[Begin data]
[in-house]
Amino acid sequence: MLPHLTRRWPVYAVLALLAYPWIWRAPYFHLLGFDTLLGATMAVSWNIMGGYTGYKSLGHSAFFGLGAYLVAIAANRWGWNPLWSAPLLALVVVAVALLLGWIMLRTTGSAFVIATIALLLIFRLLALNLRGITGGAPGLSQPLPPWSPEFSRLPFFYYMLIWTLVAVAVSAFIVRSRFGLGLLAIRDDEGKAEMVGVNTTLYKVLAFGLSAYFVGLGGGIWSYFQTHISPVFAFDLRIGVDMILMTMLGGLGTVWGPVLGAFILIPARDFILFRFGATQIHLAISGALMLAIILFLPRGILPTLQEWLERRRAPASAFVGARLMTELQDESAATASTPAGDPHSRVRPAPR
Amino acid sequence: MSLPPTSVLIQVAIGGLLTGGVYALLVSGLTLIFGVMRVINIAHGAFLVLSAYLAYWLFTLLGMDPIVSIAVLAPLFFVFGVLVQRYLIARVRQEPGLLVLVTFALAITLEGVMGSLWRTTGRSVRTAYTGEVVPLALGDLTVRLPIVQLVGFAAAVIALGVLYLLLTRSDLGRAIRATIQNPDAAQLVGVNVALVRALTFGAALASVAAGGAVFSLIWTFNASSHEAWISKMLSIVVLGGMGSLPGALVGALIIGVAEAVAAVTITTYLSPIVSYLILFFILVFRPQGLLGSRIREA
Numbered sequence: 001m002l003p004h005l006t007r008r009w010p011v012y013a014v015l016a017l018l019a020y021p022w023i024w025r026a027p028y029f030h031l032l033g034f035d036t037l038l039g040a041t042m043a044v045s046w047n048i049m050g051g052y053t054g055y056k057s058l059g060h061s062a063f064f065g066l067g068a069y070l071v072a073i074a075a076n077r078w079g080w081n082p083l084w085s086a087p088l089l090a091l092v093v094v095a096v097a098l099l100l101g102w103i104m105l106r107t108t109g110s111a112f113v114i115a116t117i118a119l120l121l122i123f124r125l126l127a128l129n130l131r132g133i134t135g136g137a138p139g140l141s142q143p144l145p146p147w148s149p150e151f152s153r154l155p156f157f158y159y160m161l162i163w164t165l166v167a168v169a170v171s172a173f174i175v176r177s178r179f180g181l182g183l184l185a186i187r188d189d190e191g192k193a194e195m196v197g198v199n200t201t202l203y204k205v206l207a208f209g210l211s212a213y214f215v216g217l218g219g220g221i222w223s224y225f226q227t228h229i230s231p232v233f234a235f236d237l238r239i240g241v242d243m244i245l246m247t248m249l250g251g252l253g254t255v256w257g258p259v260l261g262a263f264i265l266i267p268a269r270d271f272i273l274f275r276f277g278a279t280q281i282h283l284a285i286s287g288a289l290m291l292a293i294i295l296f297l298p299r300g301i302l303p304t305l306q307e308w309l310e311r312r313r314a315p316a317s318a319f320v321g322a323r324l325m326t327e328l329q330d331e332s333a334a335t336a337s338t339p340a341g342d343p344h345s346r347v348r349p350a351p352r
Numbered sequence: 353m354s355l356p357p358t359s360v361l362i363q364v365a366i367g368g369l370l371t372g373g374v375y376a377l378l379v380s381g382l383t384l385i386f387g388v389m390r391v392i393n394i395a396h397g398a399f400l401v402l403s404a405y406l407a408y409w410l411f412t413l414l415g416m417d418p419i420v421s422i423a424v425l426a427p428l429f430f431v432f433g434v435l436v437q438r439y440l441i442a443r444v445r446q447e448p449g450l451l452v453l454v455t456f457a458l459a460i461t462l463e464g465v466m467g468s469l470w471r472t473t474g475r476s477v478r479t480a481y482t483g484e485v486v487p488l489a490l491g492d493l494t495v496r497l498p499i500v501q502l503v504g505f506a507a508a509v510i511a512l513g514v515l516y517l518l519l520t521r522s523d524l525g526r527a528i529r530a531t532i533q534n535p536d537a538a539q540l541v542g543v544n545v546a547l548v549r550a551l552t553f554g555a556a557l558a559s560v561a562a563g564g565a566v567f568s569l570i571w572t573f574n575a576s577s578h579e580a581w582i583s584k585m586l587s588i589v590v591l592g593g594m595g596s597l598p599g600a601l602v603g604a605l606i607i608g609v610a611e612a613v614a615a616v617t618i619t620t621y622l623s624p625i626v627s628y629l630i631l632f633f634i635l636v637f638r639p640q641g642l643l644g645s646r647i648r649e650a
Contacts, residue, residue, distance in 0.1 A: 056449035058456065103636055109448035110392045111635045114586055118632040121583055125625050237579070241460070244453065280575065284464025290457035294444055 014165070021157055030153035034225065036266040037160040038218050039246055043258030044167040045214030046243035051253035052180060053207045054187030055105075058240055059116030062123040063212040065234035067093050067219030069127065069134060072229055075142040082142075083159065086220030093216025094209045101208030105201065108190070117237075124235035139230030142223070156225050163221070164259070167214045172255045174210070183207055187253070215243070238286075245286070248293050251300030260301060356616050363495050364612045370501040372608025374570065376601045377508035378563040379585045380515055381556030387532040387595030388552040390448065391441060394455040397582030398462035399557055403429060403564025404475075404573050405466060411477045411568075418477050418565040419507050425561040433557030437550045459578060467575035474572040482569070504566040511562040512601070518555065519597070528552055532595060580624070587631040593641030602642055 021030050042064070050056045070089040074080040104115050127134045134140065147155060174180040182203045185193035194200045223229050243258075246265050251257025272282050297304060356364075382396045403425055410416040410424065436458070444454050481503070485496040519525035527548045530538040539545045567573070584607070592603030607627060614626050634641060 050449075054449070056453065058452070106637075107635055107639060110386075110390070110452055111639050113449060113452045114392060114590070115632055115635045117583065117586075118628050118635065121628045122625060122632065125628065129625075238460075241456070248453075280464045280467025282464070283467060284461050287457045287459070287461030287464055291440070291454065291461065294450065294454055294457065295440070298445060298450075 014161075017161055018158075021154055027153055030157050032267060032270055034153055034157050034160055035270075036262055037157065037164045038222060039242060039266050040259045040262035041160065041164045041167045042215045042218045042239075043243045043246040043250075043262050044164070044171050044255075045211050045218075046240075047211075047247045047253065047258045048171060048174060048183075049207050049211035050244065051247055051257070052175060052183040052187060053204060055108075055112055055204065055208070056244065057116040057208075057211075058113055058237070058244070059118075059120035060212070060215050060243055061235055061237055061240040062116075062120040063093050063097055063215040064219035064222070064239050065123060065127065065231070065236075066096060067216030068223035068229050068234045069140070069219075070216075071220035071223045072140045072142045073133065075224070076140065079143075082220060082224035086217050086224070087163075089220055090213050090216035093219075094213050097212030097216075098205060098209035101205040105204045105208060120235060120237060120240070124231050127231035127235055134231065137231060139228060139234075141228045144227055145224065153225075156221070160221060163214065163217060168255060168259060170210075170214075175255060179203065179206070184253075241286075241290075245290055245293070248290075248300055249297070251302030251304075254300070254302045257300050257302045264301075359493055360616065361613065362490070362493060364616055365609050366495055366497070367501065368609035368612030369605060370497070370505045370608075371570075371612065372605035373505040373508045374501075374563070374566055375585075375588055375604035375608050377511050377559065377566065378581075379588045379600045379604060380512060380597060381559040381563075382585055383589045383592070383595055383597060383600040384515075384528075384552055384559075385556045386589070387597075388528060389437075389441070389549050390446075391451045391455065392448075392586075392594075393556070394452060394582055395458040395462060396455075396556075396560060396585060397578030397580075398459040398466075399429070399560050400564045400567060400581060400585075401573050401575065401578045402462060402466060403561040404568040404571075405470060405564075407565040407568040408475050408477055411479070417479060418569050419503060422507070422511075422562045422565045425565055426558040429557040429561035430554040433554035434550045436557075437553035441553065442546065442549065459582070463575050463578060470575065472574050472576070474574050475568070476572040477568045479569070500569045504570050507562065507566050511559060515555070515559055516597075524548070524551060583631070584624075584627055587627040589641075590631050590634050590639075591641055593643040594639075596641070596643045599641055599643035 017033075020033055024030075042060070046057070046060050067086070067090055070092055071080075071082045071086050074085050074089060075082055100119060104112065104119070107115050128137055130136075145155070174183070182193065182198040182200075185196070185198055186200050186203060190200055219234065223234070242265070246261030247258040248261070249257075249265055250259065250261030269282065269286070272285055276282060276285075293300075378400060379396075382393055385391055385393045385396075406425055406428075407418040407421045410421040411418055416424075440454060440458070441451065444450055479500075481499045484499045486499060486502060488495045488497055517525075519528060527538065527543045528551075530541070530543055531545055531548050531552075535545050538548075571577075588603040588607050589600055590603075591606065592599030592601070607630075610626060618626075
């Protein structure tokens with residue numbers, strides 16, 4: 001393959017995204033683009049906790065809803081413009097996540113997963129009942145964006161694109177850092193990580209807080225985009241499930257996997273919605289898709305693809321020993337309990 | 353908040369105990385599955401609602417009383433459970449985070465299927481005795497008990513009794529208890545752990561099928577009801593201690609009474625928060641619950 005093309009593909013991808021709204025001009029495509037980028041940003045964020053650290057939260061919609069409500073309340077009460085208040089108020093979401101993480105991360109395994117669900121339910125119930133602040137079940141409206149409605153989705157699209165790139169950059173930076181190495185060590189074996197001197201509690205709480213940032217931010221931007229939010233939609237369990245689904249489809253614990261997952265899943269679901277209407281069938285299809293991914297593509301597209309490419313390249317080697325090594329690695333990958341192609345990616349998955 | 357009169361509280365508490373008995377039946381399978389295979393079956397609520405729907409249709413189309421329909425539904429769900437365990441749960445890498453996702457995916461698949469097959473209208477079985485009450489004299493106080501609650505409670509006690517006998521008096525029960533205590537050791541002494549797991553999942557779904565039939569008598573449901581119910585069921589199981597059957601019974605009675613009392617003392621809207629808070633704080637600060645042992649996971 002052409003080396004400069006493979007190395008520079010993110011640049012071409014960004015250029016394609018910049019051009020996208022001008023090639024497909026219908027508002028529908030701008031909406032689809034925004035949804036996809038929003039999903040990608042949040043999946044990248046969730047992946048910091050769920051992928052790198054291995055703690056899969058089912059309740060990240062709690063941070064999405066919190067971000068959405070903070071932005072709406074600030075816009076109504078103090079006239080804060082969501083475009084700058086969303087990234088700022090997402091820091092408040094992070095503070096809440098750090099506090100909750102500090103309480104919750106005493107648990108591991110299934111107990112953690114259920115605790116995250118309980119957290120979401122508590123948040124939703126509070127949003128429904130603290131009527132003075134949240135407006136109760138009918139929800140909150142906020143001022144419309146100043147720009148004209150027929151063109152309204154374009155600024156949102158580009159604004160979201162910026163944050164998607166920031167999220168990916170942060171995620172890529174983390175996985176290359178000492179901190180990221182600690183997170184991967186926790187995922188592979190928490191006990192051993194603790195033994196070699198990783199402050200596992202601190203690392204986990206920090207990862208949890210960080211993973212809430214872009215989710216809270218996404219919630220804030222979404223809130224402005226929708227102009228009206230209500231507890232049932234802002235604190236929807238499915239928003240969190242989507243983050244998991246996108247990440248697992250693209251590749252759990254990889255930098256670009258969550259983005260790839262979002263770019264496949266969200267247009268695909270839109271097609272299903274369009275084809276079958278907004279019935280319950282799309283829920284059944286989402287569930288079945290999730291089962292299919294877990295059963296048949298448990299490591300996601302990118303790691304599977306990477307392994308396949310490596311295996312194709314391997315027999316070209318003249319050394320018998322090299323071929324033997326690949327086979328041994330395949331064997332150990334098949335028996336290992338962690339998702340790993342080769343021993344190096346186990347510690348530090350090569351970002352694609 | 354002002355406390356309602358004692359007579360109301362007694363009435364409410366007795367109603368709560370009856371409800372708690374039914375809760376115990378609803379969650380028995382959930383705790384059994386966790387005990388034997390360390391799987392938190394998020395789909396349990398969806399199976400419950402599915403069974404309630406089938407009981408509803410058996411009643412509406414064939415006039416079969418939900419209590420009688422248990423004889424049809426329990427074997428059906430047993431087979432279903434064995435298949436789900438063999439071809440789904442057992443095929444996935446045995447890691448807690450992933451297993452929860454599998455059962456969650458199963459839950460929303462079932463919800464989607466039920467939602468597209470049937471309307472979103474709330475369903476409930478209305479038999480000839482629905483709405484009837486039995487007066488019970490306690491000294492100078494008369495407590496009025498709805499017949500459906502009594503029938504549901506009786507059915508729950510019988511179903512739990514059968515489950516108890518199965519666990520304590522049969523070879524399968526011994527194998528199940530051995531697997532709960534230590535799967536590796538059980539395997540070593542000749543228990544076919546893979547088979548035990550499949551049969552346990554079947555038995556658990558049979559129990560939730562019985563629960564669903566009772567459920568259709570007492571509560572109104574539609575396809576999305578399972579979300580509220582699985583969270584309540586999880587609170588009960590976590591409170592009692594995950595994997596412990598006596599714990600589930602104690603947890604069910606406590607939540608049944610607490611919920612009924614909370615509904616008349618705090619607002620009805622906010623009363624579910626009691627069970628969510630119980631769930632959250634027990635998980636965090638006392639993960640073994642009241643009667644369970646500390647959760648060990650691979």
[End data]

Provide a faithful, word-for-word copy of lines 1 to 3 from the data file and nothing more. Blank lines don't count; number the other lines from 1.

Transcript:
[in-house]
Amino acid sequence: MLPHLTRRWPVYAVLALLAYPWIWRAPYFHLLGFDTLLGATMAVSWNIMGGYTGYKSLGHSAFFGLGAYLVAIAANRWGWNPLWSAPLLALVVVAVALLLGWIMLRTTGSAFVIATIALLLIFRLLALNLRGITGGAPGLSQPLPPWSPEFSRLPFFYYMLIWTLVAVAVSAFIVRSRFGLGLLAIRDDEGKAEMVGVNTTLYKVLAFGLSAYFVGLGGGIWSYFQTHISPVFAFDLRIGVDMILMTMLGGLGTVWGPVLGAFILIPARDFILFRFGATQIHLAISGALMLAIILFLPRGILPTLQEWLERRRAPASAFVGARLMTELQDESAATASTPAGDPHSRVRPAPR
Amino acid sequence: MSLPPTSVLIQVAIGGLLTGGVYALLVSGLTLIFGVMRVINIAHGAFLVLSAYLAYWLFTLLGMDPIVSIAVLAPLFFVFGVLVQRYLIARVRQEPGLLVLVTFALAITLEGVMGSLWRTTGRSVRTAYTGEVVPLALGDLTVRLPIVQLVGFAAAVIALGVLYLLLTRSDLGRAIRATIQNPDAAQLVGVNVALVRALTFGAALASVAAGGAVFSLIWTFNASSHEAWISKMLSIVVLGGMGSLPGALVGALIIGVAEAVAAVTITTYLSPIVSYLILFFILVFRPQGLLGSRIREA